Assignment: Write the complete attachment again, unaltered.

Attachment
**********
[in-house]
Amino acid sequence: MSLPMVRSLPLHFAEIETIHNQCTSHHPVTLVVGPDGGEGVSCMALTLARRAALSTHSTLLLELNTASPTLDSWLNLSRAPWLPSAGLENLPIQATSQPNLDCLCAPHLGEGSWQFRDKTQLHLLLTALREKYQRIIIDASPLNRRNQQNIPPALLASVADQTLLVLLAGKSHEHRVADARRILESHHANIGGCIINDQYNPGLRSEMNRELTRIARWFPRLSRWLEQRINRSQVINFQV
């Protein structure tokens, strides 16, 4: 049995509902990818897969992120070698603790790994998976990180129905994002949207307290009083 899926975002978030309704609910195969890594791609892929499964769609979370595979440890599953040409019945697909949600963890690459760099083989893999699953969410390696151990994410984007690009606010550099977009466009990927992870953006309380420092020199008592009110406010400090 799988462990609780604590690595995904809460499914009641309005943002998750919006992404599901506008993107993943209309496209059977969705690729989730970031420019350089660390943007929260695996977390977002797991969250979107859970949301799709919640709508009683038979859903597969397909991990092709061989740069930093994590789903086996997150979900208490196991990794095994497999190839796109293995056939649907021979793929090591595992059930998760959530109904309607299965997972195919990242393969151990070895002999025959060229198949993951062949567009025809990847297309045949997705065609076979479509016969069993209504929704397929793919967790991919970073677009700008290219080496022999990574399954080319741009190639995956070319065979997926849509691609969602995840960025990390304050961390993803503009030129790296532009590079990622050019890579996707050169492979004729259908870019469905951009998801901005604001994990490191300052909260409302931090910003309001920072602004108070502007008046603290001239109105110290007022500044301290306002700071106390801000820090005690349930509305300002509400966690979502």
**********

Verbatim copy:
[in-house]
Amino acid sequence: MSLPMVRSLPLHFAEIETIHNQCTSHHPVTLVVGPDGGEGVSCMALTLARRAALSTHSTLLLELNTASPTLDSWLNLSRAPWLPSAGLENLPIQATSQPNLDCLCAPHLGEGSWQFRDKTQLHLLLTALREKYQRIIIDASPLNRRNQQNIPPALLASVADQTLLVLLAGKSHEHRVADARRILESHHANIGGCIINDQYNPGLRSEMNRELTRIARWFPRLSRWLEQRINRSQVINFQV
């Protein structure tokens, strides 16, 4: 049995509902990818897969992120070698603790790994998976990180129905994002949207307290009083 899926975002978030309704609910195969890594791609892929499964769609979370595979440890599953040409019945697909949600963890690459760099083989893999699953969410390696151990994410984007690009606010550099977009466009990927992870953006309380420092020199008592009110406010400090 799988462990609780604590690595995904809460499914009641309005943002998750919006992404599901506008993107993943209309496209059977969705690729989730970031420019350089660390943007929260695996977390977002797991969250979107859970949301799709919640709508009683038979859903597969397909991990092709061989740069930093994590789903086996997150979900208490196991990794095994497999190839796109293995056939649907021979793929090591595992059930998760959530109904309607299965997972195919990242393969151990070895002999025959060229198949993951062949567009025809990847297309045949997705065609076979479509016969069993209504929704397929793919967790991919970073677009700008290219080496022999990574399954080319741009190639995956070319065979997926849509691609969602995840960025990390304050961390993803503009030129790296532009590079990622050019890579996707050169492979004729259908870019469905951009998801901005604001994990490191300052909260409302931090910003309001920072602004108070502007008046603290001239109105110290007022500044301290306002700071106390801000820090005690349930509305300002509400966690979502």